> On Fri, 13 Mar 1998, Thomas G. Lockhart wrote:
> > > How can I use composite types?
> > > If I create two tables like this:
> > > create table A ( a int, b int);
> > > create table D ( a A, b int);
> > > I would expect to be able to
> > > insert into D (a.a, a.b, b) values (1,2,3);
> > > and
> > > select a.a, a.b, b from D;
> > > That doesn't work, at least not with postgresql 6.3. Is that the way
> > > it's supposed to work? What is the proper way to do it?
> I've just tried it here, and it seems that the value to insert into D is
> the OID of a row in table A.
> > I'm not sure if this is supported. The old tutorial does not have an
> > example exactly like this (at least that I could find), but it seems
> > like it _should_ work, and the backend accepts the syntax.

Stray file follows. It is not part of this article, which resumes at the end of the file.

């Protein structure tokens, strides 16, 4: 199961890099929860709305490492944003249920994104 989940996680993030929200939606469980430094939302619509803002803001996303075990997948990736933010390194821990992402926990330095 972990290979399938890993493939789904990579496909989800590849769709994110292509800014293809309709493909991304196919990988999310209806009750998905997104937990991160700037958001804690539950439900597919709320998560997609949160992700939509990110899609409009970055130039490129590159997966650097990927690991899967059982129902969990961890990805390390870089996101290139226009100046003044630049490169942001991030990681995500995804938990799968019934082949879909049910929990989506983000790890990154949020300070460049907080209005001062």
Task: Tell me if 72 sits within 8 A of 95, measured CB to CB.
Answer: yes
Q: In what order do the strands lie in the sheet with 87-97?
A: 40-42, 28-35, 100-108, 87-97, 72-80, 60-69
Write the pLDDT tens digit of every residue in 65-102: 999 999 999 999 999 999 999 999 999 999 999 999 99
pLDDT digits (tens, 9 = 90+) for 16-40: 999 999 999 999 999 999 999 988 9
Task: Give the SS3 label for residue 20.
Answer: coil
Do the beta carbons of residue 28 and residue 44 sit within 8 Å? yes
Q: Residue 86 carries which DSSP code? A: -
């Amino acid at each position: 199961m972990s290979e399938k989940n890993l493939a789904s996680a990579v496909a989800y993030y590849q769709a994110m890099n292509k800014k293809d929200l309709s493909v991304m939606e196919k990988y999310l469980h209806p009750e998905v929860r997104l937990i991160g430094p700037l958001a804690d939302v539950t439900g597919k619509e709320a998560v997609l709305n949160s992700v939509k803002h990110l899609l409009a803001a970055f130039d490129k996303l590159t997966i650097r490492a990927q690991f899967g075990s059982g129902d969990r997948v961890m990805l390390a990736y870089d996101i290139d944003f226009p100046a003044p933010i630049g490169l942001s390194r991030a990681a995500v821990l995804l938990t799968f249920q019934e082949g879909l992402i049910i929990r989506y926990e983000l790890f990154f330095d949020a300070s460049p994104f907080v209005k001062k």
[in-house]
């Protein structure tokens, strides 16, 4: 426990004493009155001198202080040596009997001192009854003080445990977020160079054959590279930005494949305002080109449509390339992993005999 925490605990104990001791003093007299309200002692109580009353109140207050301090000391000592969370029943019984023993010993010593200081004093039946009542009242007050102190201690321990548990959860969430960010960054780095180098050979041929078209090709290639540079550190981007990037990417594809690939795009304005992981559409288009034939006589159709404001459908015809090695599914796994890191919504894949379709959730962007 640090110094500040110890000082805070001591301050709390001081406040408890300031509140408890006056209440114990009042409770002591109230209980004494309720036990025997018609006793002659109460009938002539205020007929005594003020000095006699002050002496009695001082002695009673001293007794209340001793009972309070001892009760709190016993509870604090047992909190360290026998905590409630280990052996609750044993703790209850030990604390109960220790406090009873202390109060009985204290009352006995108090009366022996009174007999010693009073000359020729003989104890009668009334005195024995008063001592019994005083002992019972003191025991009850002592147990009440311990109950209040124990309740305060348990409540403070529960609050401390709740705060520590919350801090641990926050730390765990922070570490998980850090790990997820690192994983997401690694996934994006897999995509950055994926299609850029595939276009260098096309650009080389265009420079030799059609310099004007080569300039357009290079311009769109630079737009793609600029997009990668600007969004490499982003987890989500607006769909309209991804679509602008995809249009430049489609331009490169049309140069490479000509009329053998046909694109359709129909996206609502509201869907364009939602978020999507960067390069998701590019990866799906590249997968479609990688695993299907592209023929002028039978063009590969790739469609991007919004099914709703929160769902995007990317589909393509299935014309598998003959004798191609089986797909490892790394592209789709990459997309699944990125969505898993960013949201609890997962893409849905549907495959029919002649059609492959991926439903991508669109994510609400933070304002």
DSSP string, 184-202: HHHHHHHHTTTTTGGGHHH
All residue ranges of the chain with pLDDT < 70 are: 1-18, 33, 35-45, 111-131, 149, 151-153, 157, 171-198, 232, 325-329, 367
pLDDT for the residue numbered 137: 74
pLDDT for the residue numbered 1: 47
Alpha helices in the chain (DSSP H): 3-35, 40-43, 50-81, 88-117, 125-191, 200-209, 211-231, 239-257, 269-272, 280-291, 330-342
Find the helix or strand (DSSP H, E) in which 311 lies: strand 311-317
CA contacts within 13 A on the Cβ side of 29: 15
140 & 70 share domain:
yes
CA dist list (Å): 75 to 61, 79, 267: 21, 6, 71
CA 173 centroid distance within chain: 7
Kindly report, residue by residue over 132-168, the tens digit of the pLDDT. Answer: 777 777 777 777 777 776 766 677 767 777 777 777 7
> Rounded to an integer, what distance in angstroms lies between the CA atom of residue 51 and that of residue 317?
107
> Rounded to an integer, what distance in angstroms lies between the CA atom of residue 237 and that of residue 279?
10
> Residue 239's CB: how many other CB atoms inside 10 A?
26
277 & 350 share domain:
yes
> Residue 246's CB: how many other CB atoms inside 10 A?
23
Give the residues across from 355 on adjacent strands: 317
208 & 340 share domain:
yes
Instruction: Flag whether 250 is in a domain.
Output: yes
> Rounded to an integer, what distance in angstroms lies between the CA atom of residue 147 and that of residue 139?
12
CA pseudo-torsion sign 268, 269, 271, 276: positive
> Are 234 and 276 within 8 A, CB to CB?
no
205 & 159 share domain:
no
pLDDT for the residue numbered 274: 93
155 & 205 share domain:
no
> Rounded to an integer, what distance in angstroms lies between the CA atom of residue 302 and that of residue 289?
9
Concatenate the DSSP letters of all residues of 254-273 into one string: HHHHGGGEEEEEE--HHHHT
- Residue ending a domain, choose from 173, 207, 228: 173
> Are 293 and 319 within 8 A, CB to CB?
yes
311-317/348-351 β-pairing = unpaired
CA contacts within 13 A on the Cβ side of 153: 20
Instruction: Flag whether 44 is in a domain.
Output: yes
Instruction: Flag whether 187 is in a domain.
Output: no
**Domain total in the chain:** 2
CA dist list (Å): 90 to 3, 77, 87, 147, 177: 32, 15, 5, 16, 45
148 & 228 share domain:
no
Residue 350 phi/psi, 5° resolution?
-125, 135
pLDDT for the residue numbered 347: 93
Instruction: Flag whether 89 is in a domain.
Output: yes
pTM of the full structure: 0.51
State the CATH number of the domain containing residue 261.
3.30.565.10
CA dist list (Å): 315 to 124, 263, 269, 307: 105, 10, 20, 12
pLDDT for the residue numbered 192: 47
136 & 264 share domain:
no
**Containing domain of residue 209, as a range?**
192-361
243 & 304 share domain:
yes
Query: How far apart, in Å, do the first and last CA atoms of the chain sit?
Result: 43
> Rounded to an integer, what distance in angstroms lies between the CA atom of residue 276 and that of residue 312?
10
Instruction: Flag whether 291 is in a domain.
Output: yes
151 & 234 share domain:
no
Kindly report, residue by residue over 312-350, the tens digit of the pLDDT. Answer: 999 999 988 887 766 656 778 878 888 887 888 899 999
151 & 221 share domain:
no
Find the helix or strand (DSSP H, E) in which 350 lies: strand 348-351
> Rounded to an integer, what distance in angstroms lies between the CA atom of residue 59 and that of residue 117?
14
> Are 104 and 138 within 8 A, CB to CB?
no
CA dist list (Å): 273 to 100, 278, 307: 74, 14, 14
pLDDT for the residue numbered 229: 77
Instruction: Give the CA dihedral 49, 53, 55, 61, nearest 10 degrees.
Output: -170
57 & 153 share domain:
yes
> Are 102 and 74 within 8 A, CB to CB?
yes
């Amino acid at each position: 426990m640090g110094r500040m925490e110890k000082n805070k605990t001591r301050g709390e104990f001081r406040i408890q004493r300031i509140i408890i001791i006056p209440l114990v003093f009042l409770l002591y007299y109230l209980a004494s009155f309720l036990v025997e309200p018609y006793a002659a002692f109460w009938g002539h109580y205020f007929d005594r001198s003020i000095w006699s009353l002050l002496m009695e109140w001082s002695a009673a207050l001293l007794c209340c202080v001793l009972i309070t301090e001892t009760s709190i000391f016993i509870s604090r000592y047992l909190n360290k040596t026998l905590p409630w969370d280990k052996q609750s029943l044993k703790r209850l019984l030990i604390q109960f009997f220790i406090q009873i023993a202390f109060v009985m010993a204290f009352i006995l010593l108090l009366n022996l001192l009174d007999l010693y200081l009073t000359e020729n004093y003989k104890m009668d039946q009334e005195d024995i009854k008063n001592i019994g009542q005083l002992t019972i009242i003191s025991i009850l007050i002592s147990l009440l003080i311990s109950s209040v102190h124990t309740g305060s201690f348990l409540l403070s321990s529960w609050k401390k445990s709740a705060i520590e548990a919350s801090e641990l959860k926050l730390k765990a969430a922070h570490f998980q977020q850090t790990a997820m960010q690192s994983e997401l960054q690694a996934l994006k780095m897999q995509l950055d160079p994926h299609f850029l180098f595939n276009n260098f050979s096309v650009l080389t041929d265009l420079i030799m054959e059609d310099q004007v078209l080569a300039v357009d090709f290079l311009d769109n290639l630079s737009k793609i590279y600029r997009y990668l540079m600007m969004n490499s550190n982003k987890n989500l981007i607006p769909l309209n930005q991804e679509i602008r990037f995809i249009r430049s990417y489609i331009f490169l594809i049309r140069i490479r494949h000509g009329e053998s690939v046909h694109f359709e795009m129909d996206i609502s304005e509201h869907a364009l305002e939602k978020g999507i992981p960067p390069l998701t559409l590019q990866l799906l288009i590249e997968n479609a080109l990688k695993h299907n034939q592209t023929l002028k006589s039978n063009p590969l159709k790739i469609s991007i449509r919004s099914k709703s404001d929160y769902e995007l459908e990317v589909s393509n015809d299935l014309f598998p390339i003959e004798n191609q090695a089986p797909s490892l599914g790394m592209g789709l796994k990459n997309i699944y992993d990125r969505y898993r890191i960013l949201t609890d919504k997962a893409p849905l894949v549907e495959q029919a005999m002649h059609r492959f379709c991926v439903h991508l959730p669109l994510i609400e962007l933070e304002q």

> > What you want to do can probably be accomplished with inheritance, but
> > that only seems to work if you have unique names for more of your
> > fields:
> > create table A ( a int, b int);
> > create table D ( c int) inherits (A);
> But, if you try
> > create table D ( b int) inherits (A);
> > then the new column in D gets lost without warning!
> This would give a table based on the parent table, but I think he was
> trying to use table D to refer to values in table A _as_ a type.
Yes, I am trying to use A as a type. I was hoping there was some syntax
sugar that I was missing; the C-like struct traversal syntax would have
been nice, but oh well. I see how an oid could work, but the idea was to
make my life as a programmer easier. I'll just prepend the A_ to a and b
in A and inherit, so I can "select A_a, A_b, b from D". I got lucky and
all my prefixed names fit in under the 32 character name limit.
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